You can downgrade Presidential tweets in your crisis plan!


We are often concerned in this blog with alerting you to new threats that should be included in your crisis plan.

Just occasionally, our job is to let you know of an issue that appears to be receding and can be downgraded in your plan.

In February 2017 we reported that PR agencies were earning big fees preparing response strategies in case their clients were named in a Presidential tweet.

GM, Nordstrom and others had, at that time, faced the swings and roundabouts of social media (and the stock market) after being the subject of a tweet from the White House.

One 160-character tweet could wreak havoc on an organization. Any organization or individual needed to be prepared to manage the fallout from a presidential social media critique.

We were so concerned that we devoted a whole blog to sharing expert tips on how you should react should you or a client be named in a tweet.

So, in 2019, is it still necessary to have a crisis plan for a presidential tweet storm?

According to The New York Times, probably not.

In March, The Times published an article, “How Companies Learned to Stop Fearing Trump’s Twitter Wrath”.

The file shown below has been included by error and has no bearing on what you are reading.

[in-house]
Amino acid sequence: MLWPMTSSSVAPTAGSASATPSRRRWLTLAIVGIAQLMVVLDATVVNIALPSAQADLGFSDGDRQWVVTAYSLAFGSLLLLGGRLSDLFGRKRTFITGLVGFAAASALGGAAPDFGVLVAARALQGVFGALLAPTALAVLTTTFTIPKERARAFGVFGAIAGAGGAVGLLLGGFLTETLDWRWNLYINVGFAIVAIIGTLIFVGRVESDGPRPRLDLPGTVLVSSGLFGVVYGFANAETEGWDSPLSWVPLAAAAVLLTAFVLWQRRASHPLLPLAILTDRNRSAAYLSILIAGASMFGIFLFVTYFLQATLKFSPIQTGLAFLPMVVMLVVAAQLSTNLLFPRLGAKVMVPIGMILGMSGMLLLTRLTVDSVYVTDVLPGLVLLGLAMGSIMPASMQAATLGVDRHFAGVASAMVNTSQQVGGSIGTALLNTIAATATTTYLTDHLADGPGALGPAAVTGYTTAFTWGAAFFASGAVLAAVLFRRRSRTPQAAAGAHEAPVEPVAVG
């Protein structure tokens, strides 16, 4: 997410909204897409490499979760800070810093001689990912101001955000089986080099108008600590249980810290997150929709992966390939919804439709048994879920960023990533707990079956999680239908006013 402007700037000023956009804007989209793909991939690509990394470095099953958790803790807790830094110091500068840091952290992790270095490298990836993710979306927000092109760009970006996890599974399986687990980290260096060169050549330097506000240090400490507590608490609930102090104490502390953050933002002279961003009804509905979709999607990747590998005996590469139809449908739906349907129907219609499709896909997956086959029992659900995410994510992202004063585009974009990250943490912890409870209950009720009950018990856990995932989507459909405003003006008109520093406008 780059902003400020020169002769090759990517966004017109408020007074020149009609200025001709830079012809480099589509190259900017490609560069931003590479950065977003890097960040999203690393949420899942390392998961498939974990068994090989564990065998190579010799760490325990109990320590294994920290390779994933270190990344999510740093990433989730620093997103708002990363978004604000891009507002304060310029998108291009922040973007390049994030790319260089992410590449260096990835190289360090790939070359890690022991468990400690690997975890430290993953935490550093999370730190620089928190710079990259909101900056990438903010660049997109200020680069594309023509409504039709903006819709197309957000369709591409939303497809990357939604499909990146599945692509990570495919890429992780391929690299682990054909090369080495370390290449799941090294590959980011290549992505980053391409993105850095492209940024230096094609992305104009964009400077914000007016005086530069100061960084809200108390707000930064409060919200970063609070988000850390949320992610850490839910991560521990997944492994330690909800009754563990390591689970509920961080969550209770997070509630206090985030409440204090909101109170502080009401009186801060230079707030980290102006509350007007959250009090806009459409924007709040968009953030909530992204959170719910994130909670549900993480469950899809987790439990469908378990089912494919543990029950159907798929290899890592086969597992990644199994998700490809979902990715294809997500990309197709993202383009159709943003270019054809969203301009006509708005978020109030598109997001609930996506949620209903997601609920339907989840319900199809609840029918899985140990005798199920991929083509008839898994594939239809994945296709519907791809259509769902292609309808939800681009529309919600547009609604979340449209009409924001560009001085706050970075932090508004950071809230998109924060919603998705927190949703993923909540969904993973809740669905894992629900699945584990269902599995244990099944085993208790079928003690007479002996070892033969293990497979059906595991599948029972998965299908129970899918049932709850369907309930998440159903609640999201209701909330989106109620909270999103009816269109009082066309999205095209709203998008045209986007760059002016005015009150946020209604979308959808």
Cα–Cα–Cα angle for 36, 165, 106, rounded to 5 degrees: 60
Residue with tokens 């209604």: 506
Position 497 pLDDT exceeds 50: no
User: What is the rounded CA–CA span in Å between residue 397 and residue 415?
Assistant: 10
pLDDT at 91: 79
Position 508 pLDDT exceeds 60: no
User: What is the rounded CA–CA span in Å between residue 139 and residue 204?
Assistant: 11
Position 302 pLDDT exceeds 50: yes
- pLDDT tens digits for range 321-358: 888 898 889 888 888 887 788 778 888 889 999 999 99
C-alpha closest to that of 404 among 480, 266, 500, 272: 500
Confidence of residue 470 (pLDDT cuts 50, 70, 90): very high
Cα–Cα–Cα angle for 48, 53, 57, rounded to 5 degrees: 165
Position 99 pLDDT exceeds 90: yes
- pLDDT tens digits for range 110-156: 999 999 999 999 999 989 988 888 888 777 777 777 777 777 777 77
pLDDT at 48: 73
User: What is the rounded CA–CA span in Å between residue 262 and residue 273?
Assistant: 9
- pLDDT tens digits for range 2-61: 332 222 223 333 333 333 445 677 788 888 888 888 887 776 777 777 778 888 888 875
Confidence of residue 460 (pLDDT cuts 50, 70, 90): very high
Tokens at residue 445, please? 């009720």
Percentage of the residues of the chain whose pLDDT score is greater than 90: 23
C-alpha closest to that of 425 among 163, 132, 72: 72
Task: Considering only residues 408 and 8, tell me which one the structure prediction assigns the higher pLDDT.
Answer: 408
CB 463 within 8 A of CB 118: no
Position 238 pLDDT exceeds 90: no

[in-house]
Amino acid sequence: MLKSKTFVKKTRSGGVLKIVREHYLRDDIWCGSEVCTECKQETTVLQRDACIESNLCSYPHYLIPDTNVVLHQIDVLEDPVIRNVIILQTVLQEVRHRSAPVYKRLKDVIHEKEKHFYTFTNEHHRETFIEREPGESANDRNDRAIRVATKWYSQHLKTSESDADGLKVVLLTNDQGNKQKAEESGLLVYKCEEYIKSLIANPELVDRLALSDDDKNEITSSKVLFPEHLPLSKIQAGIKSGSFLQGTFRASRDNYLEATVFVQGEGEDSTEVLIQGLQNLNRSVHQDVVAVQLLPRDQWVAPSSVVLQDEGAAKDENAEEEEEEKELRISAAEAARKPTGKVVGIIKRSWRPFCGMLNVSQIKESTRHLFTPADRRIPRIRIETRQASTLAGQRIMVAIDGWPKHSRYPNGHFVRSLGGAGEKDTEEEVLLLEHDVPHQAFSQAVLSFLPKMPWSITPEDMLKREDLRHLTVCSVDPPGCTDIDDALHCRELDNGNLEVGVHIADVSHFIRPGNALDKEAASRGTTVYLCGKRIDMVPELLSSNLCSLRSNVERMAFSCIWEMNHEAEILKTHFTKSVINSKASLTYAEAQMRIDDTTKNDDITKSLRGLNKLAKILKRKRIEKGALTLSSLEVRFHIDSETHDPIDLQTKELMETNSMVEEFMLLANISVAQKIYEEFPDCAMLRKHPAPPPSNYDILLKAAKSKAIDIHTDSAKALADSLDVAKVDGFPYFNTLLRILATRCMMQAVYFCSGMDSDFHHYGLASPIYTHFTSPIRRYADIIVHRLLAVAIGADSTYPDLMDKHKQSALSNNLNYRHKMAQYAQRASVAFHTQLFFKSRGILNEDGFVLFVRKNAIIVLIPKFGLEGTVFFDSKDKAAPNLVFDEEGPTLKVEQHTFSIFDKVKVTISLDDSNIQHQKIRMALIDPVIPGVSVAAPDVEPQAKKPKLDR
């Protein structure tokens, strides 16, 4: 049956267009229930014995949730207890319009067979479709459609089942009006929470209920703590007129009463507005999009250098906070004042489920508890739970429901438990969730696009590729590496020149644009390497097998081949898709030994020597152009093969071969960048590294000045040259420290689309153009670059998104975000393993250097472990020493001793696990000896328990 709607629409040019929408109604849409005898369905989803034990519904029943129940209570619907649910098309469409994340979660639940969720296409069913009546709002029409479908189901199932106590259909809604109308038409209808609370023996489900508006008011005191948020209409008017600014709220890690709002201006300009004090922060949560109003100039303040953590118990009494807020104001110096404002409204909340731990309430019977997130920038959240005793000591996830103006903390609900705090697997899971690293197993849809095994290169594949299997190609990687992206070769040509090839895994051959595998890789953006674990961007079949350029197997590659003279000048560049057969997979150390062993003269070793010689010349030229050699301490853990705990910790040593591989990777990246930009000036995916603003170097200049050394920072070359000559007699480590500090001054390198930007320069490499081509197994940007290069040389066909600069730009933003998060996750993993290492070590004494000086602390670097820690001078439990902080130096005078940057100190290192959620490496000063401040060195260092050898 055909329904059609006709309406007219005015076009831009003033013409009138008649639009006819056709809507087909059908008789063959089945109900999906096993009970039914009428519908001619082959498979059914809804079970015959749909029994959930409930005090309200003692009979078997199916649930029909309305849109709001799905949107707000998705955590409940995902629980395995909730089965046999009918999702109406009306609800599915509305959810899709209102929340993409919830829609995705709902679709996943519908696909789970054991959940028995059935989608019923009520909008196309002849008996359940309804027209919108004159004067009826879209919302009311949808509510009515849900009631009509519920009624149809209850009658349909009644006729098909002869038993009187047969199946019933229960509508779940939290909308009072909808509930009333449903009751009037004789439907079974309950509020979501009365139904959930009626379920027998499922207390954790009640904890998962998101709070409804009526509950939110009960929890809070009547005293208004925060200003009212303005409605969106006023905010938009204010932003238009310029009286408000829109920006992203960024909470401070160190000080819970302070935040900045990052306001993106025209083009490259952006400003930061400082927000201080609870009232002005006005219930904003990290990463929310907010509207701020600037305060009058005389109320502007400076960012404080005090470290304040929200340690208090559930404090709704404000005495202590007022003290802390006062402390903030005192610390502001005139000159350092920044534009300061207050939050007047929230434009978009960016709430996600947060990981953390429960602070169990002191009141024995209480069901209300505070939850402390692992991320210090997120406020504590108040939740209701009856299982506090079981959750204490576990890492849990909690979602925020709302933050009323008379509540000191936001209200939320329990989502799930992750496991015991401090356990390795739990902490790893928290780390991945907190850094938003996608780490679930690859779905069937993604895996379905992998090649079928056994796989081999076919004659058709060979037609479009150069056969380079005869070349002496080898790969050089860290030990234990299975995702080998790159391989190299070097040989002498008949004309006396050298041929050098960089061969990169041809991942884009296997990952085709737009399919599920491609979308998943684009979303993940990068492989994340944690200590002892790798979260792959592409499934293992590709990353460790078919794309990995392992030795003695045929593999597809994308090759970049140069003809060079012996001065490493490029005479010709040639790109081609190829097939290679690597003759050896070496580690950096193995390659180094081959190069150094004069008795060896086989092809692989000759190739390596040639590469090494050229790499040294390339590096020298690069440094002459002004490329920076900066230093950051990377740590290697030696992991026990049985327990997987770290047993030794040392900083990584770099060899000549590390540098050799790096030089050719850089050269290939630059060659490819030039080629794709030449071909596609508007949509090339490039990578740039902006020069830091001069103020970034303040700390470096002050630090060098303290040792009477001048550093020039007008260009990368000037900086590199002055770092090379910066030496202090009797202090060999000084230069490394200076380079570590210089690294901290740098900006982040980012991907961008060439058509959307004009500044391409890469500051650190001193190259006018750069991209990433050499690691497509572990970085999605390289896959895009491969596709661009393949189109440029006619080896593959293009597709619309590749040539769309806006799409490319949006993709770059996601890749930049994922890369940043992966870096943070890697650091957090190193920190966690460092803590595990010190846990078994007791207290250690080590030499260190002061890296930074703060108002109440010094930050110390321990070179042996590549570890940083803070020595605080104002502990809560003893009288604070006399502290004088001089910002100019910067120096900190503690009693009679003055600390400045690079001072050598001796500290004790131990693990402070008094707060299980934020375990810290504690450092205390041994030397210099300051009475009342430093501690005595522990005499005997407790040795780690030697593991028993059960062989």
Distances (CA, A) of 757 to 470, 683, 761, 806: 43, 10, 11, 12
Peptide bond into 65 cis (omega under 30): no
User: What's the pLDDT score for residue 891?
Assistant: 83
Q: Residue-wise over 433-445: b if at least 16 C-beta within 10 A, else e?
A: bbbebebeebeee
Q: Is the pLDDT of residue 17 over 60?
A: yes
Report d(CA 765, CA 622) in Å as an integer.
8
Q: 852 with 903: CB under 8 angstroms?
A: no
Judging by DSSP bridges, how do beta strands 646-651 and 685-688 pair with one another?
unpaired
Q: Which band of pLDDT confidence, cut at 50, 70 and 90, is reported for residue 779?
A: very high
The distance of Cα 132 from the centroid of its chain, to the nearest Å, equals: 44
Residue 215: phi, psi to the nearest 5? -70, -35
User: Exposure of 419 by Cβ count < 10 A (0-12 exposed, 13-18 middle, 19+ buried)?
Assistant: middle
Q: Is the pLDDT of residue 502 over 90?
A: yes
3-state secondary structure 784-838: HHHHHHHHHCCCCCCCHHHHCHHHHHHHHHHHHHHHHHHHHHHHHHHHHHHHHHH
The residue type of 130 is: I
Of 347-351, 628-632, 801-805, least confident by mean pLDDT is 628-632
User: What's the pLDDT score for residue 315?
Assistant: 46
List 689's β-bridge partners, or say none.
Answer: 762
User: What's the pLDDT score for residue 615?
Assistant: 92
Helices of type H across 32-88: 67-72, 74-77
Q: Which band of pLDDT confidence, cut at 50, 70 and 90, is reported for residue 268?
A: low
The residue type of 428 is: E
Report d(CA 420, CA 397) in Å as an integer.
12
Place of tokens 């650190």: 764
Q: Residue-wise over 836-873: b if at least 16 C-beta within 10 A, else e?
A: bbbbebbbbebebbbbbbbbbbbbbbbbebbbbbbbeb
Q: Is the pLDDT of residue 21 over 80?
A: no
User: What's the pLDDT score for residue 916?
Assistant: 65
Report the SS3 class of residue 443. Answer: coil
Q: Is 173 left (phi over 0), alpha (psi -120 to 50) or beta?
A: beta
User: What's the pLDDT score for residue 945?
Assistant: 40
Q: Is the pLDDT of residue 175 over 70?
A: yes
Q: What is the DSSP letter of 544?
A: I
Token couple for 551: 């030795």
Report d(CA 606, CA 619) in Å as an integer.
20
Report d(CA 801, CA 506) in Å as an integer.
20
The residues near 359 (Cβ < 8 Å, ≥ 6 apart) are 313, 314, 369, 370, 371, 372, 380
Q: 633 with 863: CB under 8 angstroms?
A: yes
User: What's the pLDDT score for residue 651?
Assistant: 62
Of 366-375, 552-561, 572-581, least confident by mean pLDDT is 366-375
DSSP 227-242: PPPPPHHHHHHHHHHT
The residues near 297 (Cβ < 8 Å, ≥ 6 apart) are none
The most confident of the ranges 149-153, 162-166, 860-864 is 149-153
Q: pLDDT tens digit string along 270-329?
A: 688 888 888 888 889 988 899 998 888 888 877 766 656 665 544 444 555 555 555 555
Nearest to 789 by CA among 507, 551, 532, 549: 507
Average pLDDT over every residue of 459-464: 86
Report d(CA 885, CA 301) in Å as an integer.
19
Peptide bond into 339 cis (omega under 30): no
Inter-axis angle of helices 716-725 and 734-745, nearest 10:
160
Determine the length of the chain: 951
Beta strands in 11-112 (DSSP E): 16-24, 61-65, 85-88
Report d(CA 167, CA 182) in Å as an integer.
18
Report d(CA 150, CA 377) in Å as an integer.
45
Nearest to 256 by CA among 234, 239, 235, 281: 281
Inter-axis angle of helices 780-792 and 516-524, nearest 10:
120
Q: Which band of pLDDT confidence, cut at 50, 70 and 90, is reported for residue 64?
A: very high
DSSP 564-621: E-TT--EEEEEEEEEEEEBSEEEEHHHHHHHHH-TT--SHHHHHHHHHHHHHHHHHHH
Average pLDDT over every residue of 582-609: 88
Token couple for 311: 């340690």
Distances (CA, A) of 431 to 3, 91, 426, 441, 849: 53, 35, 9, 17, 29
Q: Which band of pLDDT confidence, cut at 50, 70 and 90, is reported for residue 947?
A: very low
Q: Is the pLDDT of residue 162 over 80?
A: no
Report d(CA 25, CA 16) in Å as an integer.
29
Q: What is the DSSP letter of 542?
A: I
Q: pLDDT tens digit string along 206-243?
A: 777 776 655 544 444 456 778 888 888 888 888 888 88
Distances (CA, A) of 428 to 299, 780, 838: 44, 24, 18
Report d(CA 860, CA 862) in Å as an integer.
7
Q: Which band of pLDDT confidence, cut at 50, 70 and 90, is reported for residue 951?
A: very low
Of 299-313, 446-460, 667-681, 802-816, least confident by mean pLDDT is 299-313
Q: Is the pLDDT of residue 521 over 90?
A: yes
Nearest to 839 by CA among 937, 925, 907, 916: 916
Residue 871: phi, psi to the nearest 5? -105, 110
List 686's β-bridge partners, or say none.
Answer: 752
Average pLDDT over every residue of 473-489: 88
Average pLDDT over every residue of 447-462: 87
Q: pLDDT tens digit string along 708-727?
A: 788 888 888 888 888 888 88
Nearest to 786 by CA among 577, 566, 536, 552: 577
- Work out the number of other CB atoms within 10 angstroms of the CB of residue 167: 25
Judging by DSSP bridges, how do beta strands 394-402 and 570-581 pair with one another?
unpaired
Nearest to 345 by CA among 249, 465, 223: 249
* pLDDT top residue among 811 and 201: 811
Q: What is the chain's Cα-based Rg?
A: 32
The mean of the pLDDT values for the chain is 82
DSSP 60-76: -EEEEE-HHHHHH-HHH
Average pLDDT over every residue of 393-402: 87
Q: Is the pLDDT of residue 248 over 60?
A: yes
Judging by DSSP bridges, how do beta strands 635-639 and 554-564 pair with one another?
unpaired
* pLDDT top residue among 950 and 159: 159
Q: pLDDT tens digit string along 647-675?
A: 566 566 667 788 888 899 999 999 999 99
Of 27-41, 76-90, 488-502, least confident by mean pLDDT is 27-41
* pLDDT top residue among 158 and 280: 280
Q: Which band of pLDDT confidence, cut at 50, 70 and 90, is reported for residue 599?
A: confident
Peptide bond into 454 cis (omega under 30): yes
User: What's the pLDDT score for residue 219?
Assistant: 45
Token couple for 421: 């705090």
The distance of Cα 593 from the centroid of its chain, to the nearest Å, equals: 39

This article suggests that in the past the immediate impact of a tweet from the President was to sink a company’s stock price.  

However, analysts say that in 2019 a similar tweet, “merely injects a bit of noise into the market”.

In 2017 companies responded to the President’s tweets directly, quickly and forcefully. More recently, many companies, including General Motors and Amazon, have chosen to entirely ignore the president’s negative tweets with little to no repercussions.

Not to brag, but in our 2017 blog, we suggested to not assume you have to respond to every threat or demand made in a tweet (by the President or anyone else). It appears that this tactic has been utilized by many companies and met with great success.

It appears that the American public has become desensitized to the impact of President’s tweets due to the rate at which the tweets are released.

The Times article describes this as “tantrum congestion”.

Organizations risk drawing more negative attention to their brand by responding than was the threat from the original tweet.

In two years, the potential crisis of a presidential tweet has decreased dramatically demonstrating the ever-evolving world of crisis planning.

When you reach for your smartphone to access and activate your crisis plan via the In Case of Crisis app, the response protocols have to be up-to-date. Plans require regular updating, as risks may dissipate, as others increase.